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Biltmore Hotel Jazzes Up Its Musical Policy

July 24, 1986|LEONARD FEATHER

Along with the expensive restoration under way at the Biltmore Hotel, a jazz-wise new manager, Ed de Vries, has installed a musical policy that is bringing the midtown area its hippest sounds in years.

In the high-domed Rendezvous Court, where the sound quality exceeds expectations, pianist Marty Harris leads his trio Mondays from 5 p.m. to midnight and Tuesdays through Thursdays from 9 p.m to 1 a.m. Harris, a veteran on the local scene who for years was accompanist to Diana Ross, is an incisive and buoyant mainstreamer whose tastes lean to the better standards ("Gee, Baby, Ain't I Good to You," "If I Were a Bell") and an occasional swinging blues.

With the stalwart David Stone on bass and Dick Berk's always confident drumming, the trio furnishes agreeable music that will neither make heads turn nor turn anyone off.

Presently alternating in the Court is another pianist, Dick Shreve, whose shifts run Tuesdays through Thursdays from 5 to 9 p.m., Fridays and Saturdays 5 p.m. to midnight. Like Harris, Shreve has done his share of backing singers but is modestly at ease on his own, with the help of Paul Morin's bass and Danny Pucillo on drums.

At the hotel's Grand Avenue Bar still another jazz trio is performing, with the same instrumentation but led by John Leitham, a bassist. Leitham's fast-moving fingers enable him to deliver solos of remarkable agility--and, surprisingly, he does it all left-handed.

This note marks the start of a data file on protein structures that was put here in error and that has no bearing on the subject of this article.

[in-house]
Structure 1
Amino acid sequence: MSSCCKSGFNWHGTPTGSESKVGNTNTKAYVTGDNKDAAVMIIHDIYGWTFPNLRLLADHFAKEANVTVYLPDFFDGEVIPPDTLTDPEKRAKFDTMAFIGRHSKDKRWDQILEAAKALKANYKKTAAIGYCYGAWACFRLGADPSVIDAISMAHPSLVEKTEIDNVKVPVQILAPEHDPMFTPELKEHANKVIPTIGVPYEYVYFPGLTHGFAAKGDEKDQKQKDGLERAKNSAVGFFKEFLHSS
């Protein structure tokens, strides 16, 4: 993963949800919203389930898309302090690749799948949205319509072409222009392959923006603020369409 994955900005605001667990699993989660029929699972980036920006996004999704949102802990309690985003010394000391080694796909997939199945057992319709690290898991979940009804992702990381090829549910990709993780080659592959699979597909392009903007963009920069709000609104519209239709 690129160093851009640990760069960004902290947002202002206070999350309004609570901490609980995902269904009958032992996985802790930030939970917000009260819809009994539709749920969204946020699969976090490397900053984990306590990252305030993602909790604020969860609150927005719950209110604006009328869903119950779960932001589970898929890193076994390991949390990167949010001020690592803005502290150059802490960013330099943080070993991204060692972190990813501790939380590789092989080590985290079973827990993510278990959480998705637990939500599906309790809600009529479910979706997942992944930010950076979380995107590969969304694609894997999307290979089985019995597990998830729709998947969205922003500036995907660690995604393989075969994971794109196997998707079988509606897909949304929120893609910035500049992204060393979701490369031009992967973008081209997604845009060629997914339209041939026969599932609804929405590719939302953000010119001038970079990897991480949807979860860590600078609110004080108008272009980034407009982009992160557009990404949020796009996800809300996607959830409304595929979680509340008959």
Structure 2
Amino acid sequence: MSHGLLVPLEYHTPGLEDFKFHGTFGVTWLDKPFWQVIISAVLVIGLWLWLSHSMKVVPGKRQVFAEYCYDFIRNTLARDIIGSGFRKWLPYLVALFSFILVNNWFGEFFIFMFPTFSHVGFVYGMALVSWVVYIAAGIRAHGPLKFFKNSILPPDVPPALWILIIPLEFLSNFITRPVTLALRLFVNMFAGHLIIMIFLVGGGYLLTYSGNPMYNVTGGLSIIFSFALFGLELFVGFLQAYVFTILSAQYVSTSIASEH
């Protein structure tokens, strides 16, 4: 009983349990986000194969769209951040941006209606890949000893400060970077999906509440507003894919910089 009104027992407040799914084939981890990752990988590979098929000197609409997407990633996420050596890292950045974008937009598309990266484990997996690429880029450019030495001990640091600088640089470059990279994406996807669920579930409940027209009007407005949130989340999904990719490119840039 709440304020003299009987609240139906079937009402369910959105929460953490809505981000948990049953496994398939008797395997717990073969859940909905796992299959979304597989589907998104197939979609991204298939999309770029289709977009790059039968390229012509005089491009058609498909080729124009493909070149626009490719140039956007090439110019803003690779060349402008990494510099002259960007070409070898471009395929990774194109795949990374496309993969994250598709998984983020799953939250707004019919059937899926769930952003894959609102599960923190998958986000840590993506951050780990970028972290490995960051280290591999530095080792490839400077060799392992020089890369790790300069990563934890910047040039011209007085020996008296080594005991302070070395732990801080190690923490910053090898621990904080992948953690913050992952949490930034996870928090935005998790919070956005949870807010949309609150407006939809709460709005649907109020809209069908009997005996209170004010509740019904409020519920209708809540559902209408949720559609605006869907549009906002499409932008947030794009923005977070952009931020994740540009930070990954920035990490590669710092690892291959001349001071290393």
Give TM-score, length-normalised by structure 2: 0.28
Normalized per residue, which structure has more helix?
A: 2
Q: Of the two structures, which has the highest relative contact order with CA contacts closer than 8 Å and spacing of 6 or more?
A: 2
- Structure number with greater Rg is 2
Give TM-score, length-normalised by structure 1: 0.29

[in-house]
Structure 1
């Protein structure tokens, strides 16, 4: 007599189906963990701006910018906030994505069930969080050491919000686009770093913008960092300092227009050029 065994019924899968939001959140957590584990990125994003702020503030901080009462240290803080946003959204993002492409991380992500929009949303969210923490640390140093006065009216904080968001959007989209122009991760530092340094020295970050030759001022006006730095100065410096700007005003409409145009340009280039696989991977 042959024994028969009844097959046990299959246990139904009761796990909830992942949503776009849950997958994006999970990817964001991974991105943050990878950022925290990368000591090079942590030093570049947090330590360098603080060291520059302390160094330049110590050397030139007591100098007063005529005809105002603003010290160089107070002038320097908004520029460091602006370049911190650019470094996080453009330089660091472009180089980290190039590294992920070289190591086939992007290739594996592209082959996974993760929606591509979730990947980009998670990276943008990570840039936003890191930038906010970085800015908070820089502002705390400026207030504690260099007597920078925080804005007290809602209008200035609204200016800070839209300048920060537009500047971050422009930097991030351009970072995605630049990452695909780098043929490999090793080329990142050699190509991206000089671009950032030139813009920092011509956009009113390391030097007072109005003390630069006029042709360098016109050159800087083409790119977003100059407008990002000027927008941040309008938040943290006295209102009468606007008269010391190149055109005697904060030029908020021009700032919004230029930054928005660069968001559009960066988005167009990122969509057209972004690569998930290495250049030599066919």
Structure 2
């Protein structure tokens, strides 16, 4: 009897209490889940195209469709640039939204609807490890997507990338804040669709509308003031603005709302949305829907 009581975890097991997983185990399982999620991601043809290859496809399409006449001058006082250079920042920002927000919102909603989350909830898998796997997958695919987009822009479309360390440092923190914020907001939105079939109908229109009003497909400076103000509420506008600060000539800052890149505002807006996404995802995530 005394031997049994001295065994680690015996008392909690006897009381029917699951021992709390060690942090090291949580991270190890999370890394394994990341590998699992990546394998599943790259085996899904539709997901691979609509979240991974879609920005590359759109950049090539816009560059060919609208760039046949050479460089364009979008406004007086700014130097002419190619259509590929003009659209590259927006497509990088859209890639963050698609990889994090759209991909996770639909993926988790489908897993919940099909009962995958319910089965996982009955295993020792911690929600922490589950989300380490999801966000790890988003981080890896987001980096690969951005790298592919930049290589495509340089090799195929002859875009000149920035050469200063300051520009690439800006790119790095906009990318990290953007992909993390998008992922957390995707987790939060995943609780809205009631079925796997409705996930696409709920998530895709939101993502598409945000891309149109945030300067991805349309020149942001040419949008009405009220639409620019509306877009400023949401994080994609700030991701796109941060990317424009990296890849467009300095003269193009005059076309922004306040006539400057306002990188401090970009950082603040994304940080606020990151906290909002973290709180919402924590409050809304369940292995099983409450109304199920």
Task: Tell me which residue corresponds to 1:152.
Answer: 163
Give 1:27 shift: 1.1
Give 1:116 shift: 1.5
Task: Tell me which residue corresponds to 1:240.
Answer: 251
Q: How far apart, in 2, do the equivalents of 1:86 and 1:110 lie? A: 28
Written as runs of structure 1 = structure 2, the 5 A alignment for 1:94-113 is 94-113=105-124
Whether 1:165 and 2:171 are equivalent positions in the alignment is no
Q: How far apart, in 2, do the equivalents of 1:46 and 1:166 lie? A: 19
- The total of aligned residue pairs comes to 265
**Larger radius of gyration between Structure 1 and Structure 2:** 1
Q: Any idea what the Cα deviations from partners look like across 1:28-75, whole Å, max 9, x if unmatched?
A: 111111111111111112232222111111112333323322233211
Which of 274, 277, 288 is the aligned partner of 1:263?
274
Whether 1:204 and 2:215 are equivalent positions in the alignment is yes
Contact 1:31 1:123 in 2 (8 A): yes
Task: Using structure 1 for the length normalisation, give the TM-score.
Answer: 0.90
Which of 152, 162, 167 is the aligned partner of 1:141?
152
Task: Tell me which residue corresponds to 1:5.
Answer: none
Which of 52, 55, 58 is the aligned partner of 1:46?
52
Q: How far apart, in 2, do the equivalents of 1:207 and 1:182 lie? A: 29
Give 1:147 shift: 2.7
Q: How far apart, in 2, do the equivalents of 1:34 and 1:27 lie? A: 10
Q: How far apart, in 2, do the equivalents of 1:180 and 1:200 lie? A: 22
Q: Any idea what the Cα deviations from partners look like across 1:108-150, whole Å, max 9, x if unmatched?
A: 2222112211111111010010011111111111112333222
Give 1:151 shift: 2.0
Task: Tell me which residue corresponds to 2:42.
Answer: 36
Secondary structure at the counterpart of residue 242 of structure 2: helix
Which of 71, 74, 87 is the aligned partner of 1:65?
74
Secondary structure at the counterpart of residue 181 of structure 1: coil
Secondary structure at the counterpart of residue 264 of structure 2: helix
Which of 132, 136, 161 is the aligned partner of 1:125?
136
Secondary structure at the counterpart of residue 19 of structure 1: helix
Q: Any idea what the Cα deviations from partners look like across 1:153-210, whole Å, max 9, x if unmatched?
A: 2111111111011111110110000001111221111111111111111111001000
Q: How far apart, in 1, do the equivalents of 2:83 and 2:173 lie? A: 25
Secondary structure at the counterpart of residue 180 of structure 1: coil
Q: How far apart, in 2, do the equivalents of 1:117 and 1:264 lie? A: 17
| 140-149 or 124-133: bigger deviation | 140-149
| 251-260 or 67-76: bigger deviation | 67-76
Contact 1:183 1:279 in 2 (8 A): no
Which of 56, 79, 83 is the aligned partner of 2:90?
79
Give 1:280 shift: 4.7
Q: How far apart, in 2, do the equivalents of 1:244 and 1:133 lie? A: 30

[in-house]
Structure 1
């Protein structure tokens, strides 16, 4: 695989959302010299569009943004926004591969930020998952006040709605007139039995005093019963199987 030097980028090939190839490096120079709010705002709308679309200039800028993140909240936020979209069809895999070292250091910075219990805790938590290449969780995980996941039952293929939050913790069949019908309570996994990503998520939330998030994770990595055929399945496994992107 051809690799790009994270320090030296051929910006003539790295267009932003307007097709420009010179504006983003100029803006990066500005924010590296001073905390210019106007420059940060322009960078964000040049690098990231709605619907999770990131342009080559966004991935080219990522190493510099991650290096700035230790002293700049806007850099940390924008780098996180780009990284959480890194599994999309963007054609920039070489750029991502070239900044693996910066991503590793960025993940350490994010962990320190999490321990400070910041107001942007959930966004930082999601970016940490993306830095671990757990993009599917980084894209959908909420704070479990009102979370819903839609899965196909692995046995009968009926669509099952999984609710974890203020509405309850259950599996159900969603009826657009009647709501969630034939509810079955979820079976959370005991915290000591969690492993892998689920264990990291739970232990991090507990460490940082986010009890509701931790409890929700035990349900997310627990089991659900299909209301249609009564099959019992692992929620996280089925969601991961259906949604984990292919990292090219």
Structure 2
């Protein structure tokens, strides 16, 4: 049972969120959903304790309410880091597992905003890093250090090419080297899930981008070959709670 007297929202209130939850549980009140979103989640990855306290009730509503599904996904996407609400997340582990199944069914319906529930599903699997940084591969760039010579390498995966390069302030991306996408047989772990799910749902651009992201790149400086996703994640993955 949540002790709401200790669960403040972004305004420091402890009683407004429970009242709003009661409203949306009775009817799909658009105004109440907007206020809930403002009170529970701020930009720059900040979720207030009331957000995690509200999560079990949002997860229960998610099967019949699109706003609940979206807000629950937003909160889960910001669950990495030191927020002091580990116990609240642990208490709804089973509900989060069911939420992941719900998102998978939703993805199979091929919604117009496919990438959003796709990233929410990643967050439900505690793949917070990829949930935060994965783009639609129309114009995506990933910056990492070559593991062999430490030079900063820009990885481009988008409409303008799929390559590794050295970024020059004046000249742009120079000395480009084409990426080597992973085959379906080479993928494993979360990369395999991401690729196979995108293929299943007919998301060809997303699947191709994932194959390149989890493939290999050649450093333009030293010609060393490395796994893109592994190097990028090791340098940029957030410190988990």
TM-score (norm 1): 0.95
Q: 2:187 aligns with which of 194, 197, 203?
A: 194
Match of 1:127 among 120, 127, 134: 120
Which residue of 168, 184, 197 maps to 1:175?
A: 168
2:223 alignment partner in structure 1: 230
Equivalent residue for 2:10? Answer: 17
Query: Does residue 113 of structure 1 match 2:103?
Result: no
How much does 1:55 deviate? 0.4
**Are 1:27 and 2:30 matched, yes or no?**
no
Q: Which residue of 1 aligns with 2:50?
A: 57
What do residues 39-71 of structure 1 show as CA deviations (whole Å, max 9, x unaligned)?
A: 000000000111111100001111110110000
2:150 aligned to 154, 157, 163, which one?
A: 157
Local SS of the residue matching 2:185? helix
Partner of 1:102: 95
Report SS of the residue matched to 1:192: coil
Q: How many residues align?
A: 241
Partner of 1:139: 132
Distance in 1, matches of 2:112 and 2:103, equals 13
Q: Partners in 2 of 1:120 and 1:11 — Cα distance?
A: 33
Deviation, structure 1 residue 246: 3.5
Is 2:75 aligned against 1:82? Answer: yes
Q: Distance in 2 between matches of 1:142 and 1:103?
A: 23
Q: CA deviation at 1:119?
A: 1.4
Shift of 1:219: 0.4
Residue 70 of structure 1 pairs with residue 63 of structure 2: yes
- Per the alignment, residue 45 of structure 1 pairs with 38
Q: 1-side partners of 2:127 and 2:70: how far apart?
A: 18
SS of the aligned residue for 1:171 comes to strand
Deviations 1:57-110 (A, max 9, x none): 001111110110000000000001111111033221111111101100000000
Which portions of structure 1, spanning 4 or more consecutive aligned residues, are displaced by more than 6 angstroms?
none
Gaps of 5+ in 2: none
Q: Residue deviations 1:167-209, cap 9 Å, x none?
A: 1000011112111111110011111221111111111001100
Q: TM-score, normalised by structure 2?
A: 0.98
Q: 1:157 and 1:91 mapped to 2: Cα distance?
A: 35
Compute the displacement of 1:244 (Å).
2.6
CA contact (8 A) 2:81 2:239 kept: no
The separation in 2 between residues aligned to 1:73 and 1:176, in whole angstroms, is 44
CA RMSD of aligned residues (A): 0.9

With him are Tommy Adams, a competent pianist and singer, and Jack LeCompte, a somewhat tentative drummer. The group, heard Mondays through Fridays from 5 to 9 p.m., must have been bothered by excessive noise in a room that has yet to build its retinue of loyal fans. Close attention, however, will reveal that Leitham is a composer of merit; his "Turkish Bizarre," written in 7/4 time, raised an interest level that had remained somewhat static during the conventional run of pop standards.

De Vries, who has a long track record of successfully promoting jazz at hotels around the country, hopes to enlarge the Biltmore's new jazz regimen by adding horns and, perhaps later, a Sunday jazz brunch.

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